Notable mainly in that Rand Paul, out of the entire GOP field, stands outside the norm in terms of Republican foreign policy, so he sits in a class by himself. It was only a matter of time for his opponents to begin making it an issue and force him on the defensive in a primary where interventionist foreign policy typically wins the day.

Report from Politico:

A majority of early-state insiders believe it’s helpful for Rand Paul to differentiate himself from the Republican field through his views on foreign policy and national security. But over the course of the campaign, many say, those same positions will prove to be a serious liability.

This week’s survey of the POLITICO Caucus — a bipartisan group of the most influential operatives and activists in Iowa and New Hampshire — found that 61 percent of those polled overall said that the Kentucky senator’s anti-interventionist and libertarian-oriented positions are helping to distinguish him in a pack of nearly 20 candidates.

Yet that number dropped to 48 percent among just Republican respondents.

In a reflection of the ideological distinctions between the Republican parties in New Hampshire and Iowa, New Hampshire Republicans were more inclined to look favorably on Paul’s “odd-man-out” status than Iowa Republicans: Sixty percent of Granite Staters who responded said it’s helpful to break with the party; while only 37 percent of Hawkeye State Republicans said the same. In both states, many insiders said Paul’s stances likely preclude him from being the GOP nominee.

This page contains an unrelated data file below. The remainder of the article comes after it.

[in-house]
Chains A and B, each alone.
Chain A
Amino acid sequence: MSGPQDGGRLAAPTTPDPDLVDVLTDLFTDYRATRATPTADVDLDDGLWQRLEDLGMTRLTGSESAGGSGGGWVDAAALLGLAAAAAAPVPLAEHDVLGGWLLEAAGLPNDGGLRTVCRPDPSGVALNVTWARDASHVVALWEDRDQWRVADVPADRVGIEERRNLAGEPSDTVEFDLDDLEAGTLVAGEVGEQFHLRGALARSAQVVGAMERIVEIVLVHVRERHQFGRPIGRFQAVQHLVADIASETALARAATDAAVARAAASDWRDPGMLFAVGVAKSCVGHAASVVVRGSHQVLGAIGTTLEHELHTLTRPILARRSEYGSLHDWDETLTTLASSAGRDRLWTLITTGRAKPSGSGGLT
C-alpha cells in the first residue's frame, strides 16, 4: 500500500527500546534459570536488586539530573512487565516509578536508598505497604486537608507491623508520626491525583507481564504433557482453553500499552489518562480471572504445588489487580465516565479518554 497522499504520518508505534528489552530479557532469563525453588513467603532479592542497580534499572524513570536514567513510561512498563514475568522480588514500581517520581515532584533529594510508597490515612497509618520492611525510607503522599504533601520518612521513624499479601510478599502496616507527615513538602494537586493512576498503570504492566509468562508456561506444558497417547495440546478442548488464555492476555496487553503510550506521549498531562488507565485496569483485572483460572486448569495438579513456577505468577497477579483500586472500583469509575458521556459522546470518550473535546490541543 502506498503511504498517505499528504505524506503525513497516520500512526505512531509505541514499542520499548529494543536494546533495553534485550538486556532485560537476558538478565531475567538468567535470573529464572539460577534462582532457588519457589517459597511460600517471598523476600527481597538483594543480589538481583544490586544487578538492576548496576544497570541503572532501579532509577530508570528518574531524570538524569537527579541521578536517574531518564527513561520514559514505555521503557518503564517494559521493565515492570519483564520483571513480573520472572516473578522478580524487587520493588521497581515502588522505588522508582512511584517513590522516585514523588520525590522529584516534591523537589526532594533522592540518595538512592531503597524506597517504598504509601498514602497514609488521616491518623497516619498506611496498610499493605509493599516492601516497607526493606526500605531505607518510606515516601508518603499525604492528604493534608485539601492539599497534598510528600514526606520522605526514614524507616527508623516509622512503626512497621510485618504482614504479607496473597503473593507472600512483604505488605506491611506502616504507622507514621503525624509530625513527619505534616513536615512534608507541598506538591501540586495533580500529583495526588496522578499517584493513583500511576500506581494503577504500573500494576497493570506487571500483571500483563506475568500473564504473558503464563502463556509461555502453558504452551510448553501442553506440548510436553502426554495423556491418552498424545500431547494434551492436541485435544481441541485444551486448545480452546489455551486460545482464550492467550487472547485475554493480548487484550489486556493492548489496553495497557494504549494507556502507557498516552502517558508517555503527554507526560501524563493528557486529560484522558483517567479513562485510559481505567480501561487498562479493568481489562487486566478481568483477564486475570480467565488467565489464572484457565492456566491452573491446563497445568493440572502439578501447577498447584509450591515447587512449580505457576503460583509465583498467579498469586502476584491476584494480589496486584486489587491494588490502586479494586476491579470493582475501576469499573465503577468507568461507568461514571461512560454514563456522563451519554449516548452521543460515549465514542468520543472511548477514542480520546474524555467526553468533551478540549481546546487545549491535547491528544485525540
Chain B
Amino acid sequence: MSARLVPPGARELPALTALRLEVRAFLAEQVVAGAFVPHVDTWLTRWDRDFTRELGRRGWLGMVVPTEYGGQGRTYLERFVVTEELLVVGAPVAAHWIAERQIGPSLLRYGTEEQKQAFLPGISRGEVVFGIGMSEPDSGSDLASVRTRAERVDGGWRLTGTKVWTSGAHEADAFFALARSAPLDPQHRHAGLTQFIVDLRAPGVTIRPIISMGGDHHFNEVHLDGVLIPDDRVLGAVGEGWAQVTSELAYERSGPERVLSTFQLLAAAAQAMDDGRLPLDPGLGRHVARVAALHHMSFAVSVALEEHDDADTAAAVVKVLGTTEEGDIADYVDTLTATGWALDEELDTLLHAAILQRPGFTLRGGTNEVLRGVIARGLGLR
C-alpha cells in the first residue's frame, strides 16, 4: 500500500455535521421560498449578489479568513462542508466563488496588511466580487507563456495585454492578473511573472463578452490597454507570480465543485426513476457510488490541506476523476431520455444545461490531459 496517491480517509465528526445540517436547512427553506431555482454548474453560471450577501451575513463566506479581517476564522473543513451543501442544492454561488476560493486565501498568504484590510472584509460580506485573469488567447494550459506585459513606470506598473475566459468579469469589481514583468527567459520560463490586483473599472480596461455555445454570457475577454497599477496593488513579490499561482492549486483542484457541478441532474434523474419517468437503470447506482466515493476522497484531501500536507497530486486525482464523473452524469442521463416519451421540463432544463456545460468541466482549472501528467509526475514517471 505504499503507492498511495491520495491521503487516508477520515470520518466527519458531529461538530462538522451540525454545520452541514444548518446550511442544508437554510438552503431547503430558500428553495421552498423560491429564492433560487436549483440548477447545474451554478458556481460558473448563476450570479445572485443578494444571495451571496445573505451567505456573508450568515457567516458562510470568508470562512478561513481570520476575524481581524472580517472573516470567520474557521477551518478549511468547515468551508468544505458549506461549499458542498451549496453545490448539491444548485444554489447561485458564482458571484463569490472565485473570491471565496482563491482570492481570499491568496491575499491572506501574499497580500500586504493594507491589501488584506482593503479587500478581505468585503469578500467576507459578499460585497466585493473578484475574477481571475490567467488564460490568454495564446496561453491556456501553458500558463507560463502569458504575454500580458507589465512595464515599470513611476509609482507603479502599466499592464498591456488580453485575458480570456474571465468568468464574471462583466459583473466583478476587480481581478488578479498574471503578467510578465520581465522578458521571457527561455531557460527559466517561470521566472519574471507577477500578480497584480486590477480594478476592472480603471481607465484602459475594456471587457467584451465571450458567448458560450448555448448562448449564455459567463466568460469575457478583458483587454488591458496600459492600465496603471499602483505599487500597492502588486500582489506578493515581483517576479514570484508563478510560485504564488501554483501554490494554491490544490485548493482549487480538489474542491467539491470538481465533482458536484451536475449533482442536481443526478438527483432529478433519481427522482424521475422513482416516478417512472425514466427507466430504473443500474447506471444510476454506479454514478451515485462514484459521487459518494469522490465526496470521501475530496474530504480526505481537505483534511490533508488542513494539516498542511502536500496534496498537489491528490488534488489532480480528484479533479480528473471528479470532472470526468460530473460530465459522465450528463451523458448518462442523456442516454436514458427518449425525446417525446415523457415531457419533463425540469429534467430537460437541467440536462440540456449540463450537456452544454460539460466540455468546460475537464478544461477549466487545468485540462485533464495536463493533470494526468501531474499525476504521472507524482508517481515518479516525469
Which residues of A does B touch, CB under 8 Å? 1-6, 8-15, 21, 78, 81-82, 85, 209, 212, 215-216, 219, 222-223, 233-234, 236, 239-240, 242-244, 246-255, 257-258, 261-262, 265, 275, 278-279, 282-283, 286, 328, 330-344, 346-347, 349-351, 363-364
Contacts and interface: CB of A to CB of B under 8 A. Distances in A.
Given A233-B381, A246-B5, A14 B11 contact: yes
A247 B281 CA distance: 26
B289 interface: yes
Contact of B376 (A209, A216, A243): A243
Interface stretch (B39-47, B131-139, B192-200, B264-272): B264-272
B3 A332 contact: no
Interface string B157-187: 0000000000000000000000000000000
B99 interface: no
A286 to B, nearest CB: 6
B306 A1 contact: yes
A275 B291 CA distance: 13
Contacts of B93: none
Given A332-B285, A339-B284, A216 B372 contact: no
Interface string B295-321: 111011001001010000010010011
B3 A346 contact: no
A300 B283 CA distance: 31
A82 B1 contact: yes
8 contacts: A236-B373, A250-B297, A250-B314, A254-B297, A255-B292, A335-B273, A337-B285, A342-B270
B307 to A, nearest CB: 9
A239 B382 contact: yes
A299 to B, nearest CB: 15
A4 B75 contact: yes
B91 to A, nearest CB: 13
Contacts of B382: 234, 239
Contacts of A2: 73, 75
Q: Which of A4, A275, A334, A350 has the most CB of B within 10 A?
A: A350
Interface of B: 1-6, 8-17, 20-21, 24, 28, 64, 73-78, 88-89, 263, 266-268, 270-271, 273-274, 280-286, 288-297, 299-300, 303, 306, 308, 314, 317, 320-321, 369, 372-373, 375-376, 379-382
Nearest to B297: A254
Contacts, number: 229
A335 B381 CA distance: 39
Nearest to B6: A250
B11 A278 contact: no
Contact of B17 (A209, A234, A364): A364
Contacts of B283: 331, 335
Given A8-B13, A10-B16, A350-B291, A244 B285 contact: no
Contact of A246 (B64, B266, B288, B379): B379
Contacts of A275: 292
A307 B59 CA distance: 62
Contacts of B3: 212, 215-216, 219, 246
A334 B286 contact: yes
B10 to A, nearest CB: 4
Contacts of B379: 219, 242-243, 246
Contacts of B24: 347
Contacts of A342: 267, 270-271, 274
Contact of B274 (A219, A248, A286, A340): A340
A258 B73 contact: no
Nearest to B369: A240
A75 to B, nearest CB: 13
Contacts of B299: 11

“It helps him stand out, but it also puts a low ceiling on his support. Not enough to win the nomination,” said a New Hampshire Republican, who like all members of the POLITICO Caucus was granted anonymity in order to speak freely.

I think a good way to sum it up is that Paul’s libertarian-leaning views may be his greatest asset, and his greatest weakness at the same time. True, he will bring in a different slice of voters, but to do so, he’s got to make it through a primary of typically conservative Republicans who often look down on libertarian foreign policy views as “isolationist.”

Couple this with Paul’s latest statements about the rise of the Islamic State, and you’ve got an opening for his GOP primary opponents. Story from Yahoo News:

Republican presidential candidate Rand Paul is blaming his own party for the rise of the Islamic State group.

The freshman senator from Kentucky said Wednesday that the GOP’s foreign policy hawks “created these people.”

The Islamic State group, commonly referred to as ISIS, has seized one-third of Iraq and Syria and in recent days made gains in central Iraq.

“ISIS exists and grew stronger because of the hawks in our party who gave arms indiscriminately,” Paul said on MSNBC’s “Morning Joe.” He continued: “They created these people. ISIS is all over Libya because these same hawks in my party loved — they loved Hillary Clinton’s war in Libya. They just wanted more of it.”

He’s already taking fire for these comments, especially since he’s blaming his own party and many of his opponents supported the policies which Paul is speaking against.